Manislam – The Magic Mirror of Nefise

Article published on May 28, 2014
Article published on May 28, 2014

This article has not been vetted by an editor at Paris HQ

The documentary Manislam organizes the second 11th of September attack of the western world. But this time, the cure of love is used instead of the destructive power of violence. Nefise attacks the minds of extremists with the uniting weapons of natural narration, spontaneity, empathy and pure humanity. After Manislam, it’s not easy to be an extremist anymore.

If every movie di­rec­tor was as metic­u­lous as Ne­fise Özkal Lörentzen, com­men­ta­tor ed­i­tors all around the world would be un­em­ployed. Ne­fise shocks the com­men­ta­tors with the final episode of her Islam and gen­der tril­ogy. The doc­u­men­tary Man­is­lam or­ga­nizes the sec­ond 11th of Sep­tem­ber at­tack of the west­ern world. But this time, the cure of love is used in­stead of the de­struc­tive power of vi­o­lence. Ne­fise at­tacks the minds of ex­trem­ists with the unit­ing weapons of nat­ural nar­ra­tion, spon­tane­ity, em­pa­thy and pure hu­man­ity. After Man­is­lam, it’s not easy to be an ex­trem­ist any­more. Both for rad­i­cal Mus­lims and right wing Chris­tians… Just like it was harder to be an av­er­age Mus­lim or Chris­t­ian after 11th of Sep­tem­ber in 2001. Thanks to Man­is­lam, maybe an era is closed, at least in Nor­way.

Six years old jour­ney of Ne­fise Özkal Lörentzen ar­rived to its des­ti­na­tion on 20th of May with the première of Man­is­lam. At the end of her speech, she in­vited the au­di­ence to stand up for the com­mem­o­ra­tion of mine work­ers in SOMA, Turkey. Thanks to her, 600 hearts of the Saga The­atre felt the do­lor­ous heat of SOMA, like a burn­ing coal. Quick re­minder for the fu­ture time read­ers: More than 300 mine work­ers were killed in SOMA last week and some rel­a­tives of the vic­tims were ac­tively beaten by the Turk­ish Prime Min­is­ter Er­do­gan and his ad­vi­sor Yusuf Yerkel.

Man­is­lam is the third movie of the doc­u­men­tary film maker Ne­fise Özkal Lörentzen. Her pre­vi­ous gen­der stud­ies Gen­der me (2008) and A bal­loon for Allah (2011) helped her di­vide the Mus­lim so­ci­ety into 3 dif­fer­ent lay­ers sim­i­lar to the age cir­cles of a tree. In her first movie ‘Gen­der me’, she car­ried the weak­est and most vul­ner­a­ble layer of Is­lamic so­ci­ety, the ho­mo­sex­u­als. Whereas ‘A bal­loon for Allah’ demon­strated the sec­ond most abused layer of Mus­lim so­ci­ety all over the world, the women. And fi­nally, the jour­ney leads to the core of the prob­lem, the men. How­ever, Ne­fise is not using an ac­cusative way of telling the sto­ries; in­stead she aims to show how the men are also abused by the wrong in­ter­pre­ta­tion of Islam.

For those who did not see the movie yet, it may seem un­fair to give some spoil­ers. How­ever, Ne­fise has been pro­vid­ing the spoil­ers of life, like a poet. Her jour­ney in­tro­duces us 4 Mar­tin Luther of our time. These in­flu­en­tial men are from Bangladesh, In­done­sia, Kuwait and Turkey.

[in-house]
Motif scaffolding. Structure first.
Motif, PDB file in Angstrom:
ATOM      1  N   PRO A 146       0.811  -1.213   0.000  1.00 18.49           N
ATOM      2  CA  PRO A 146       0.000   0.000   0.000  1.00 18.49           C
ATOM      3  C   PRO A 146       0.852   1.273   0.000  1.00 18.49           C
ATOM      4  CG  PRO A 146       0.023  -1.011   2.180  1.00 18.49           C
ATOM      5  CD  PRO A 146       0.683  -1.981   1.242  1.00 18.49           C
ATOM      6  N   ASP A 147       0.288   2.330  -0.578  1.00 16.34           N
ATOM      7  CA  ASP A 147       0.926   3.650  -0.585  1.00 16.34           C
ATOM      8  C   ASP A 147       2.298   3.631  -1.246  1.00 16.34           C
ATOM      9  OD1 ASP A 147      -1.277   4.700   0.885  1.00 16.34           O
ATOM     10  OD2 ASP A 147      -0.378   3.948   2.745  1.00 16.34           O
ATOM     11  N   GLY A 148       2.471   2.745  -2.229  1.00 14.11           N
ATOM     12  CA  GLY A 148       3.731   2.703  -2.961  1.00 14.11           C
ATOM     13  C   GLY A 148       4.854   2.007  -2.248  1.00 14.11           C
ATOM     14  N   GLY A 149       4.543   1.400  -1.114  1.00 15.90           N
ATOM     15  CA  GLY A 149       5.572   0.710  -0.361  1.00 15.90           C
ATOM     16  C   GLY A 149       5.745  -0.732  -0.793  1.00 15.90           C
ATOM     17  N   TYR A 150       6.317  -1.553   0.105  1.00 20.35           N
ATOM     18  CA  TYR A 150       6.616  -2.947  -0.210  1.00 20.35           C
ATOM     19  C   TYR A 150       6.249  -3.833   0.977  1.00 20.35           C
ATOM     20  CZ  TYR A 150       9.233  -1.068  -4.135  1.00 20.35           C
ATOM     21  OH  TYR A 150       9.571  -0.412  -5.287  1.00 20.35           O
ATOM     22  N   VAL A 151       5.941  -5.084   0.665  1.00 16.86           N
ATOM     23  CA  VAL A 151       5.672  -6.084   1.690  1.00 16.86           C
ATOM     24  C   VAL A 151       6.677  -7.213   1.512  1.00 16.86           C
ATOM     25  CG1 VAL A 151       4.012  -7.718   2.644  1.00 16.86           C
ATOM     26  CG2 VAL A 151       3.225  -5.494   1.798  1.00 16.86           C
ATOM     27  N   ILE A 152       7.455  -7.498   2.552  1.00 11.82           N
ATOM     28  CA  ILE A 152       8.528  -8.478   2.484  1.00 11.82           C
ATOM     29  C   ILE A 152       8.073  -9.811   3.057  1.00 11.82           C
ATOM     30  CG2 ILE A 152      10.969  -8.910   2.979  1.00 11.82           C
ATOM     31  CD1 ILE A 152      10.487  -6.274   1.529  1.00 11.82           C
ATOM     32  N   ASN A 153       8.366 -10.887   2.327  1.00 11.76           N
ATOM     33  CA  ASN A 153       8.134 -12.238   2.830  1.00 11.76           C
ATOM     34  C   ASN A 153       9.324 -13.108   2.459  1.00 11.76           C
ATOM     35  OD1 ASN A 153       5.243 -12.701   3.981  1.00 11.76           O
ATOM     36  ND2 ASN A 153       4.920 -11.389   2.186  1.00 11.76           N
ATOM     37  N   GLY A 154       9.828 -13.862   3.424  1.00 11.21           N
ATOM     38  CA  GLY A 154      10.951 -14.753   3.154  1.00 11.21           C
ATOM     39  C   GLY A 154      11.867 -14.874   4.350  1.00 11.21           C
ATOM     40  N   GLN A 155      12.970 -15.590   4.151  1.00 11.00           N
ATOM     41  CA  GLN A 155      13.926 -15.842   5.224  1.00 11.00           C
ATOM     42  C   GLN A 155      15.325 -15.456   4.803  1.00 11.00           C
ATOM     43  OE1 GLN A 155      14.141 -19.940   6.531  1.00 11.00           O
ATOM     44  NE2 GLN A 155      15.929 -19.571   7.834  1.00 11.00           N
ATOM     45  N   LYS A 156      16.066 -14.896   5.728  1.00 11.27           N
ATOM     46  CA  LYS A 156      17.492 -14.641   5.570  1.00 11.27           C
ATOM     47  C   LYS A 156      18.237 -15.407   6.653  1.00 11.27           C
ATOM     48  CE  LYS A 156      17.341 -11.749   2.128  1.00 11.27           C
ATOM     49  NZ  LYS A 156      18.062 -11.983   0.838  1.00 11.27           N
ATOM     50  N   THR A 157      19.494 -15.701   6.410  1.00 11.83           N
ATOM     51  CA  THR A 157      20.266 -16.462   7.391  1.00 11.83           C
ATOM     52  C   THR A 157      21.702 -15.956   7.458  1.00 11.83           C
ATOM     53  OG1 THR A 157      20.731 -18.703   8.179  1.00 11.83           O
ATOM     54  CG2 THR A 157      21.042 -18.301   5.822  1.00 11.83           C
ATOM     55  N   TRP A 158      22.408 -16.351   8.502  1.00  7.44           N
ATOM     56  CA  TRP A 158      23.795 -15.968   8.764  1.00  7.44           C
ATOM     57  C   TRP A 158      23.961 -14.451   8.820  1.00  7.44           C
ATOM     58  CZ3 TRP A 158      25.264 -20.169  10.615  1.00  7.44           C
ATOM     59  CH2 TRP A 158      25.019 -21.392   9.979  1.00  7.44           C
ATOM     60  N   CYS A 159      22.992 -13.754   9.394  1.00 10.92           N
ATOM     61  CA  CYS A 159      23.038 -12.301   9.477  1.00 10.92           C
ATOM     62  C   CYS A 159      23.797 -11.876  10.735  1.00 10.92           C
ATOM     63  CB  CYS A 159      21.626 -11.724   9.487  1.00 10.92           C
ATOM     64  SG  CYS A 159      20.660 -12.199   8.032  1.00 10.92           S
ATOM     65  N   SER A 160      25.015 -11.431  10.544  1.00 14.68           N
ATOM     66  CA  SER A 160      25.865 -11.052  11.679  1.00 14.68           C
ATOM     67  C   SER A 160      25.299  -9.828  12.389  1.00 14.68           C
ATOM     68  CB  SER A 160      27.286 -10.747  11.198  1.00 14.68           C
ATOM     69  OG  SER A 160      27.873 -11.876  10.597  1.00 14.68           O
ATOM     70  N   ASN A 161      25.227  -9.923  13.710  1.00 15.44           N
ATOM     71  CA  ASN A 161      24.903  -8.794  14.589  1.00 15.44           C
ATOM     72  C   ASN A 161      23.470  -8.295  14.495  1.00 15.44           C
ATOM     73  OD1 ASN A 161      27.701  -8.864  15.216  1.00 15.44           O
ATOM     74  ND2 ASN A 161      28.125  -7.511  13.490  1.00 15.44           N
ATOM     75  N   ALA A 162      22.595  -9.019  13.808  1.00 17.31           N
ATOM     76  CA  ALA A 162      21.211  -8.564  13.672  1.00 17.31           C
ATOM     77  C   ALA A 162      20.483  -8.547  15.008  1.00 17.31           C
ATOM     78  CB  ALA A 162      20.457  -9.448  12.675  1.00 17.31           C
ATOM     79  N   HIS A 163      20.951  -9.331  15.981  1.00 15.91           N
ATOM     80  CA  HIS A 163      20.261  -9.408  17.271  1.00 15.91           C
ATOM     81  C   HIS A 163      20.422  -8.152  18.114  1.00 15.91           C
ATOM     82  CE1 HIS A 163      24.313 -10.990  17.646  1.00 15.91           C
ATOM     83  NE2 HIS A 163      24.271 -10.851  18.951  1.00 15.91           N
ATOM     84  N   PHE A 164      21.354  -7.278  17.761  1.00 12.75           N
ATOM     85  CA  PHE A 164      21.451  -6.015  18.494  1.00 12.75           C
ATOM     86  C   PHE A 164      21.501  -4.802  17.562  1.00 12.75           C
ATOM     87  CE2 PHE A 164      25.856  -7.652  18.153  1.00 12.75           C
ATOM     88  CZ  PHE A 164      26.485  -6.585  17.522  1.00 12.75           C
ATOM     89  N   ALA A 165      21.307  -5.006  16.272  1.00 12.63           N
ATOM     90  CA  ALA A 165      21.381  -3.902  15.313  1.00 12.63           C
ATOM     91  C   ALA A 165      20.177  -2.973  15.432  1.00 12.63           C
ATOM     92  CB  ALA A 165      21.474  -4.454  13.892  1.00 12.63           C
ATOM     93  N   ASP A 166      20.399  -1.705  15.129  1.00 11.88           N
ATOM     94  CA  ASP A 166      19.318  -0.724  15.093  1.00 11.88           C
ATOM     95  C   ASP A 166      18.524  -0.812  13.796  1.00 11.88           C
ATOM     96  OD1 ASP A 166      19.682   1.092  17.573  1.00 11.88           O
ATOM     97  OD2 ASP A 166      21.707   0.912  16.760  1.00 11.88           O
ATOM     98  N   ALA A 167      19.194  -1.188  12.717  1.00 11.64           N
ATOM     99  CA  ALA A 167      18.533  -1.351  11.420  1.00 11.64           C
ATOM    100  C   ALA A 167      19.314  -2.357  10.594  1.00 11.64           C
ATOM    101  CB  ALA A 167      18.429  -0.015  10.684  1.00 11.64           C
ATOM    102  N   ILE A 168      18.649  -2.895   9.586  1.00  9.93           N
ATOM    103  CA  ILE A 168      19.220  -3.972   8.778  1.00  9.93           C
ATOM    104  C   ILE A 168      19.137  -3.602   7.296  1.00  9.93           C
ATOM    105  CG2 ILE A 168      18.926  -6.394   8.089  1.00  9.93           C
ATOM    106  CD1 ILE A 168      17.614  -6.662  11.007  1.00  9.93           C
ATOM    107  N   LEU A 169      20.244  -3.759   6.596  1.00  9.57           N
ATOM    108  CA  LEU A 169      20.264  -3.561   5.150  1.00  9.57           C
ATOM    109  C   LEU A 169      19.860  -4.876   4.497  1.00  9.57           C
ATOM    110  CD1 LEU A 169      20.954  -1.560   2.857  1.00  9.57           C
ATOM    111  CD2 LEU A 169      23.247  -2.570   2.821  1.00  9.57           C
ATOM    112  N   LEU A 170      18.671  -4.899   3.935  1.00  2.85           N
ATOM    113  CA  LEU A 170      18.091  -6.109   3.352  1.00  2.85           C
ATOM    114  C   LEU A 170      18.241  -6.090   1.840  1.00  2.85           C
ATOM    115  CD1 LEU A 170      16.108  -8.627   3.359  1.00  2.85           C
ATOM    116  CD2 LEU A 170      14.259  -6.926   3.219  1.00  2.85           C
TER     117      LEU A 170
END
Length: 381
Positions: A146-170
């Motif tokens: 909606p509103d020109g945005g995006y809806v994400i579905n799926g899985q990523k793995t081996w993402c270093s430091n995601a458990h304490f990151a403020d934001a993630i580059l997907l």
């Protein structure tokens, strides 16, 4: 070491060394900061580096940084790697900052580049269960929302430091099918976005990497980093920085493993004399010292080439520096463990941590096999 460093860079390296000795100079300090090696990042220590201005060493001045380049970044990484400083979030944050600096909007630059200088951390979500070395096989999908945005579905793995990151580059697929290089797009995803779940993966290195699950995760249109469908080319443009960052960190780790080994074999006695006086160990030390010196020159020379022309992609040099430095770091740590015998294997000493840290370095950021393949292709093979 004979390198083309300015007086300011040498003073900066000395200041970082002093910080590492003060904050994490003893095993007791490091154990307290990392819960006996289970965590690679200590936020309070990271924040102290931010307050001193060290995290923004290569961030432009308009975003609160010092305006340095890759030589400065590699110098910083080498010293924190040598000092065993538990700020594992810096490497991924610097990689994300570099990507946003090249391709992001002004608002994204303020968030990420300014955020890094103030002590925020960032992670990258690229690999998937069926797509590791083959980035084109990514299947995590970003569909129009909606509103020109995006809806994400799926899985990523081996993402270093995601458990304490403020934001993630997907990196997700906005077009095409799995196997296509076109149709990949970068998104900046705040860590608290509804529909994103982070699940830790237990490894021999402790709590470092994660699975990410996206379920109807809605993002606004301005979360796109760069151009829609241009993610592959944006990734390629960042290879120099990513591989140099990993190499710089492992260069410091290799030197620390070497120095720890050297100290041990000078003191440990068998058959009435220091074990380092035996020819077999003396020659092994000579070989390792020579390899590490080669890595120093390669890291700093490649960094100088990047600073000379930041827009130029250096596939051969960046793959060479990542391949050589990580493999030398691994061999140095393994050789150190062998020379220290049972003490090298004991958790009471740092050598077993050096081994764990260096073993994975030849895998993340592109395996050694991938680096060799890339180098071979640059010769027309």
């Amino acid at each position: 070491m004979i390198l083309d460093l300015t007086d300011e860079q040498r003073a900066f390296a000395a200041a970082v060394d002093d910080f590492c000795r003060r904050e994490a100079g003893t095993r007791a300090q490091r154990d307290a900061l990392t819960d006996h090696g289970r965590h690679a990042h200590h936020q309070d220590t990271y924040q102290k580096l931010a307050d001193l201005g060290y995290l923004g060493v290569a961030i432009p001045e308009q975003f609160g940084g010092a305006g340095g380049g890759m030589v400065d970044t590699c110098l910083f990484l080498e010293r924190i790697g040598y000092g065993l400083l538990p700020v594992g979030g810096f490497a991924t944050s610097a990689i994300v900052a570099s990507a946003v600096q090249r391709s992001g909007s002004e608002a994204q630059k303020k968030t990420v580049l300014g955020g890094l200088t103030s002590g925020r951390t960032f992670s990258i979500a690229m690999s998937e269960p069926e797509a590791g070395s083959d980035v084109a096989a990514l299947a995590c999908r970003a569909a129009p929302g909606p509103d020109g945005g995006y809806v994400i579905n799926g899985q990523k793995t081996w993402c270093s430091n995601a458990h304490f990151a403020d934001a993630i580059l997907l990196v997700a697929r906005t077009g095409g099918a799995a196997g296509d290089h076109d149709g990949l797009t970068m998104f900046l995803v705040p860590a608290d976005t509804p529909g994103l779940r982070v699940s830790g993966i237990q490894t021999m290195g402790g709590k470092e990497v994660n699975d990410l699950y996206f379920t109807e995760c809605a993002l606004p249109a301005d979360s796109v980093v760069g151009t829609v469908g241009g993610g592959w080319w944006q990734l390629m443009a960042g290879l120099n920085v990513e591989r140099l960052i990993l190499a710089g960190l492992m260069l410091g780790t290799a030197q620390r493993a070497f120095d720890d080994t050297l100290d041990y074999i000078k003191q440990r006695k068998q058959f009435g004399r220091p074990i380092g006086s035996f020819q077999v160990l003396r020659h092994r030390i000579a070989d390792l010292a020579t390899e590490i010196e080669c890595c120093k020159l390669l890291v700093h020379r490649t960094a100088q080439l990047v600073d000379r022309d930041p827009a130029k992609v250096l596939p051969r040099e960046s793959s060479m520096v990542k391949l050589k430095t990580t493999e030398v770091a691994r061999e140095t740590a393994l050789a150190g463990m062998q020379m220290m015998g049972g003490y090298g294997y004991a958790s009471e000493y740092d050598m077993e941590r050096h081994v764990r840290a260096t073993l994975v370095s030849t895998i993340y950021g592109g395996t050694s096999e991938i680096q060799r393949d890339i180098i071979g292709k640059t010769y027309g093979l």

Gezi Park sup­porter Anti-Cap­i­tal­ist Mus­lim Ihsan Eliacik says fol­low­ing words in Man­is­lam. “There are two kinds of re­li­gion. One, dead re­li­gion. Two, liv­ing re­li­gion. The dead re­li­gions are the ones which com­pleted its era in this world. They are no longer valid. Pray­ing 5 times a day in a lan­guage that you don’t know, di­vid­ing peo­ple who fol­low Ra­madan or not, dis­crim­i­nat­ing the women who cover her hair or not… These are the rit­u­als of dead re­li­gions. But the liv­ing re­li­gion is work­ing for hu­man­ity just like the prophets of the an­cient times did. Prac­tic­ing dead re­li­gion saves no one, but fol­low­ing the liv­ing re­li­gion may save us all.” In ad­di­tion to his words, the au­di­ence reaches to the fol­low­ing con­clu­sion: “The first ac­tivists of the world are the prophets.”

The sound­tracks of Man­is­lam are com­posed by Mer­can Dede who will visit Oslo this sum­mer for Mela Fes­ti­val. Mer­can Dede is maybe Turkey’s top spir­i­tual music com­poser. And the movie is shot as a NRK TV pro­duc­tion. For those who did not join the pre­miere, I would like the state the Kuwaiti char­ac­ter of the doc­u­men­tary, Dr. Naif Al Mu­tawa who did a pre­sen­ta­tion at the pre­miere. “Re­li­gion is a beau­ti­ful woman, but the pol­i­tics is a filthy man. The re­li­gion and pol­i­tics should never marry. Be­cause when the re­li­gion gets preg­nant, some­thing uglier than the pol­i­tics is born. And these ugly chil­dren marry more dan­ger­ous and dirt­ier things, and it gets worse and worse. Until some­body comes up and stops this cycle.” His wise words con­firm the founder of mod­ern Turkey. Ataturk do­nated the sec­u­lar­ity prin­ci­ple to Turks 100 years ago as a gift.

In con­clu­sion, stat­ing a poem is more than nec­es­sary to re­lease the emo­tions. Thanks to Ne­fise, Man­is­lam is brought to our worlds as a mir­ror which re­flects only beauty, hu­man­ity and peace. Man­is­lam is the magic mir­ror of Ne­fise.

You have no idea how hard I've looked

for a gift to bring You.

Noth­ing seemed right.

What's the point of bring­ing gold to

the gold mine, or water to the ocean?

Every­thing I came up with was like

tak­ing spices to the Ori­ent.

It's no good giv­ing my heart and my

soul be­cause you al­ready have these.

So I've brought you a mir­ror.

Look at your­self and re­mem­ber me.

~Rumi

Ser­can Leylek

(Watch Man­is­lam for free for Nor­we­gian res­i­dents: http://​tv.​nrk.​no/​program/​kmte30001512/​mannislam)